To most buyer's minds, there are only two kinds of houses - move-in ready, and fixers. If stuff needs to be done, it's a fixer.

Buyers, generally speaking, won't buy what they can't see; "fixer" buyers are expecting a bigger discount for the honor of taking on the chores themselves.

If you can make the house move-in ready simply by cleaning, painting, and making repairs, then you absolutely should do it. If you need to do remodeling, you probably shouldn't, unless you yourself are a professional.
0 votes Thank Flag Link Sat Aug 14, 2010
Hi all, to build on the last posters response, the assurances of recouping the fix up costs is precisely what I think we need to be cautious about. In today's market you may not recoup the fix up costs - I think it is very important to present this very real possisiblity to the seller.

Best,
Jeanne Feenick
Unwavering Commitment to Service
Web Reference: http://www.feenick.com
0 votes Thank Flag Link Sat Aug 14, 2010
The short answer is it depends.

It depends on whether the seller would be able to recoup those fix-up costs.
0 votes Thank Flag Link Fri Aug 13, 2010
Great question and one I think about often - at a minimum I tell sellers to spend their money very, very carefully. But I do agree for sure with the suggestion of neutralizing with paint.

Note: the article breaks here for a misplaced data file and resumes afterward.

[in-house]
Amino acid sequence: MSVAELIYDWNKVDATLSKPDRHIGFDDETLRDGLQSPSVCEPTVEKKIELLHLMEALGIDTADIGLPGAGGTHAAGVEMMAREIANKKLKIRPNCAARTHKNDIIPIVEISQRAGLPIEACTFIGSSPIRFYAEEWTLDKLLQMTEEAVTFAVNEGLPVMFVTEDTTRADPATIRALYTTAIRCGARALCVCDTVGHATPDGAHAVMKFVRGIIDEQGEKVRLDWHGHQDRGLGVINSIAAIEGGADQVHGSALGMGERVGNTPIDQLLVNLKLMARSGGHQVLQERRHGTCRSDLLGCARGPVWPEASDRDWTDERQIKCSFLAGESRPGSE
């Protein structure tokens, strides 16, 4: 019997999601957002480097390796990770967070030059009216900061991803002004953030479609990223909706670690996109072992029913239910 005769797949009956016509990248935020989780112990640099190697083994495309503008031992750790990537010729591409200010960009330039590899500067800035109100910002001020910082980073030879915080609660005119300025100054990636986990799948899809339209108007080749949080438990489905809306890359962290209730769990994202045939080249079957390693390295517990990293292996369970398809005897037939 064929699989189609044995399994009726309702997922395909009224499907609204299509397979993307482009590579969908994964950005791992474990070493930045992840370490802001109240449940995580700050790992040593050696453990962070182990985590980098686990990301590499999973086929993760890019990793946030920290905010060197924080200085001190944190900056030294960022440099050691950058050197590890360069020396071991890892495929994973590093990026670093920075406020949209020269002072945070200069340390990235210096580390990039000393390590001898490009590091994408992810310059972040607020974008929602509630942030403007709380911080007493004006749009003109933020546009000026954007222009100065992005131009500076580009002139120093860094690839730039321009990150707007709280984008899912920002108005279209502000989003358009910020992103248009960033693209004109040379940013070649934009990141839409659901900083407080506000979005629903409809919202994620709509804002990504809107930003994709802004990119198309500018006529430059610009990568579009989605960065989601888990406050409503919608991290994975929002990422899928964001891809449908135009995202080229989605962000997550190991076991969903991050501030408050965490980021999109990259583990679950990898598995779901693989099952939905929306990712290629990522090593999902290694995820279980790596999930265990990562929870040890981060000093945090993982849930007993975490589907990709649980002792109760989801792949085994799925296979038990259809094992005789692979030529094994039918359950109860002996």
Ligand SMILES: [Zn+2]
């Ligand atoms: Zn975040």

Managing seller expectations is so important - fixing so that things function is important, but improving may cause the seller's pricing expectations to exceed what is realistic.

If the seller is expecting a return on the investment, slow them down. If the seller understands that money spent will improve the likelihood and time to sell, then you're on the right track.
0 votes Thank Flag Link Fri Aug 13, 2010
If they can fix it up with a small budget, yep I would. if not it will be sold as is for much less. It just depends on the situation is and what the seller can and/or is willing to do.
0 votes Thank Flag Link Thu Aug 12, 2010
The highest return on investment for a seller is new interior paint job in white or an off-white neutral color. I always recommend this unless the current paint job is very new. As for the rest it depends on the house and what needs to be fixed.
0 votes Thank Flag Link Thu Aug 12, 2010
Depends on the house, the market, the sellers' financial situation. And, what is involved in the "as is." Too many variables in this question.